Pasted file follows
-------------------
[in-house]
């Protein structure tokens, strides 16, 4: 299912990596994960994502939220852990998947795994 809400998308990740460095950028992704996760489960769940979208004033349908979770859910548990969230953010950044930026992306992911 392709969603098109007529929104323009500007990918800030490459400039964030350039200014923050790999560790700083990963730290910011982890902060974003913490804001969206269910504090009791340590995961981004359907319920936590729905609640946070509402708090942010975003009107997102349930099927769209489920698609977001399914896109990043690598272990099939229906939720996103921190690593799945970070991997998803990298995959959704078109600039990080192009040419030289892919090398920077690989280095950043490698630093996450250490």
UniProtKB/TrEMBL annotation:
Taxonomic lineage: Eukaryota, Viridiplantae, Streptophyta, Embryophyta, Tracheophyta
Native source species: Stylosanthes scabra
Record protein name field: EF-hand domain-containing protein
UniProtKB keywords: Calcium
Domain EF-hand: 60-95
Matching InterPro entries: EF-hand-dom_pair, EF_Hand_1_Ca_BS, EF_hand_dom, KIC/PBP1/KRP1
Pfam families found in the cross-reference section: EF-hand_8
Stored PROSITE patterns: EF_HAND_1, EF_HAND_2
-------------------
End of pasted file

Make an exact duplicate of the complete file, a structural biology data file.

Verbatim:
[in-house]
């Protein structure tokens, strides 16, 4: 299912990596994960994502939220852990998947795994 809400998308990740460095950028992704996760489960769940979208004033349908979770859910548990969230953010950044930026992306992911 392709969603098109007529929104323009500007990918800030490459400039964030350039200014923050790999560790700083990963730290910011982890902060974003913490804001969206269910504090009791340590995961981004359907319920936590729905609640946070509402708090942010975003009107997102349930099927769209489920698609977001399914896109990043690598272990099939229906939720996103921190690593799945970070991997998803990298995959959704078109600039990080192009040419030289892919090398920077690989280095950043490698630093996450250490």
UniProtKB/TrEMBL annotation:
Taxonomic lineage: Eukaryota, Viridiplantae, Streptophyta, Embryophyta, Tracheophyta
Native source species: Stylosanthes scabra
Record protein name field: EF-hand domain-containing protein
UniProtKB keywords: Calcium
Domain EF-hand: 60-95
Matching InterPro entries: EF-hand-dom_pair, EF_Hand_1_Ca_BS, EF_hand_dom, KIC/PBP1/KRP1
Pfam families found in the cross-reference section: EF-hand_8
Stored PROSITE patterns: EF_HAND_1, EF_HAND_2